- Core 2: Viral Testing Core The Viral Testing Core is a critical component for the maintenance of a Specific Pathogen Free (SPF) Indian Rhesus Macaque Breeding Colony. Rhesus macaques (Macaca mulatta) infected with the Simian Immunodeficiency Virus (SIV) are the preferred animal model for AIDS studies and is used used to examine many aspects of viral pathogenesis, AIDS vaccine development, and exploratory new systemic and mucosal antiviral therapies, including early events not readily studied in human patients. The presence of certain viruses can confound the results of AIDS-related investigations. SPF colonies have been developed using state-of-the- art assays to eliminate animals with simian immunodeficiency virus (SIV), Type D simian retrovirus (SRV) simian T-lymphotropic virus (STLV-1); and herpes B virus (Macacine herpesvirus-1), which is a potential health risk for personnel handling the animals. The goal of the Viral Testing Core is to provide techniques and expertise to assure the continuing SPF status of the Indian rhesus macaque breeding colony at the Southwest National Primate Research Center (SNPRC). In order to fulfill this goal, the following Specific Aims will be completed:
Specific Aim 1 : to provide a reliable and sensitive in-house viral screening method. This screening method is intended to produce reliable results in a fast turnaround time. We will continue to use the Charles River Laboratories (CRL) Multiplex Fluorescent ImmunoAssay (FMIA) for serological screening of all animals, which represent one of the current state-of-the-art surveillance techniques.
Specific Aim 2 : to increase the research value of the SNPRC Indian rhesus macaque breeding colony by expanding serology testing. In recent years, we extended our serology testing as to include detection of antibodies against measles virus and Tripanosome cruzi. Presence of antibodies to measles is used to confirm immune responses to the colony active measles immunization effort, whereas antibodies to the causative agent of Chagas Disease are used, after confirmatory testing, to assist animal selection and to determine the prevalence of this infection in the NHP colonies and to improve and evaluate the effectiveness of our pest control system. Following recommendations developed by the ?National Primate Research Center Virus Testing Best Practices? working group, the Viral Testing Core has developed an algorithm that incorporates results from the serological viral screening with both serological and PCR confirmatory assays. Additionally, the Core will continue to participate in activities proposed by the Breeding Colony Management Consortium (BCMC), which frequently distributes serum panels for proficiency testing among its laboratory members with the intent to monitor and ensure acceptable quality testing algorithms, reagents, methods, equipment, and personnel.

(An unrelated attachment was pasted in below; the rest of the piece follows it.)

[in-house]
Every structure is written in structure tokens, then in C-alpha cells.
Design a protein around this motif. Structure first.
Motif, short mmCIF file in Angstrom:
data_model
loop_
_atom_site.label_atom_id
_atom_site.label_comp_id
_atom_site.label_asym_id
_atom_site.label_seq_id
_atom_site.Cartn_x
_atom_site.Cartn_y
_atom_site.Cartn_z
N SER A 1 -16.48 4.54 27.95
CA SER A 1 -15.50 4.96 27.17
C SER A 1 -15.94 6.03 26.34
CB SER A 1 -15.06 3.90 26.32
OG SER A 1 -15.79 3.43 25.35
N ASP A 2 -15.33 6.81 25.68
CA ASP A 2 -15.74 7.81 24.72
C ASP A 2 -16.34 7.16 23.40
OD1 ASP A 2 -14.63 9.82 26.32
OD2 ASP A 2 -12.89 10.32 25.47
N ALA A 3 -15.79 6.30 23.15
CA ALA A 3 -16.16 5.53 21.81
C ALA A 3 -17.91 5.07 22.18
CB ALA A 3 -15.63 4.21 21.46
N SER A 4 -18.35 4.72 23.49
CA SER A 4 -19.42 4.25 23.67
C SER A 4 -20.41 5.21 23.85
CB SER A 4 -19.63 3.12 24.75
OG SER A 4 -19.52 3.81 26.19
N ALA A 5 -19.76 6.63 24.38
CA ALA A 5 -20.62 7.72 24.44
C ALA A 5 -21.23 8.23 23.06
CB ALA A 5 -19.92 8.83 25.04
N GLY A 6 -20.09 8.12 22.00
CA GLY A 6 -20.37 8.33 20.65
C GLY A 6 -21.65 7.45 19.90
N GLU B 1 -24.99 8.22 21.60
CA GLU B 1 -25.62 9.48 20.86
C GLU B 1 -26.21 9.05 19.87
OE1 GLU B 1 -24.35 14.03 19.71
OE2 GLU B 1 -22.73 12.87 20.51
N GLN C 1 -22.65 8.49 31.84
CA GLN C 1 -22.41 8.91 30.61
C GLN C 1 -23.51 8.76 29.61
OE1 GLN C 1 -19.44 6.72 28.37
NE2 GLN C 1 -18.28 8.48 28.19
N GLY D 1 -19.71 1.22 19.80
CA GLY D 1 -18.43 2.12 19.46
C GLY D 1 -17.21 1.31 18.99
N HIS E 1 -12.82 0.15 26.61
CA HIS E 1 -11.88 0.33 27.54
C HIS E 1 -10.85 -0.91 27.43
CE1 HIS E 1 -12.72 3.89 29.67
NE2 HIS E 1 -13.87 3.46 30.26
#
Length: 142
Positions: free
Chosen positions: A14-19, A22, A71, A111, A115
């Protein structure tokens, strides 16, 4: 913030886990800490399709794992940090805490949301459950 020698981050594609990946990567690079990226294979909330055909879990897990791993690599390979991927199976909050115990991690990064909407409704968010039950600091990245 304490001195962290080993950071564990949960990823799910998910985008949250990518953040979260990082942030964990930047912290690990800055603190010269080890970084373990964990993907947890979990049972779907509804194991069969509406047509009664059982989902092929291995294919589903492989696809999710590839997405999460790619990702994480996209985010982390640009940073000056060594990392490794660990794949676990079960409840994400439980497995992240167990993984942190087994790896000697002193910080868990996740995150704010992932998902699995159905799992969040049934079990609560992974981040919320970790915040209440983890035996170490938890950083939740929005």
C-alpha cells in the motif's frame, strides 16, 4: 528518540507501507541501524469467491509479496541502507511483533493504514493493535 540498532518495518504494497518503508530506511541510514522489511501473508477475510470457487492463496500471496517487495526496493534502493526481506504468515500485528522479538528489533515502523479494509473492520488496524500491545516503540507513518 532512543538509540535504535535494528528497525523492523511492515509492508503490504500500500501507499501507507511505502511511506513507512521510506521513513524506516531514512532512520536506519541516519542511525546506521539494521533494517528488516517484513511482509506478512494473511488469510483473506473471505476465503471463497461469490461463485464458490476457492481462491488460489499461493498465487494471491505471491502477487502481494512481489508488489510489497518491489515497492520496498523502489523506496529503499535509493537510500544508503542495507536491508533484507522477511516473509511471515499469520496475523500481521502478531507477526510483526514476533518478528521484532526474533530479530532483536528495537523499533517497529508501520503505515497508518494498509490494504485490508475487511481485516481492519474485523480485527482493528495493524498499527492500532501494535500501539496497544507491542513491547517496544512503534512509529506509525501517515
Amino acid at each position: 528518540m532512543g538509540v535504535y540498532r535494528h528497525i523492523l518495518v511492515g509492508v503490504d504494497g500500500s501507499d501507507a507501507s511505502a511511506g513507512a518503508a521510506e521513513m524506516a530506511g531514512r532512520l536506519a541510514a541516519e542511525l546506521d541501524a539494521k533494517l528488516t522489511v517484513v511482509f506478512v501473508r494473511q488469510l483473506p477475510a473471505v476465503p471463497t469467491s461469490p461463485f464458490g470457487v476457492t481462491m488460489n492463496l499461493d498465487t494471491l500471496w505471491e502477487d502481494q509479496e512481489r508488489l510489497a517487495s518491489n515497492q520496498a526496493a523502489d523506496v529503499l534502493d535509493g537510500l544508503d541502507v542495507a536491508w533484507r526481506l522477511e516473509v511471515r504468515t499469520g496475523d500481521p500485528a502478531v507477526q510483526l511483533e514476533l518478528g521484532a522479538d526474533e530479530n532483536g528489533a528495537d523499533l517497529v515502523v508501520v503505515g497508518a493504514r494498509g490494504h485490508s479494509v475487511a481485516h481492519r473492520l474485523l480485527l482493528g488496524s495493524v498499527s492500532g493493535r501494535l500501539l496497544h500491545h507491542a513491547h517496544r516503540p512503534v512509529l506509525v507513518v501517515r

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Texas Biomedical Research Institute
San Antonio
United States
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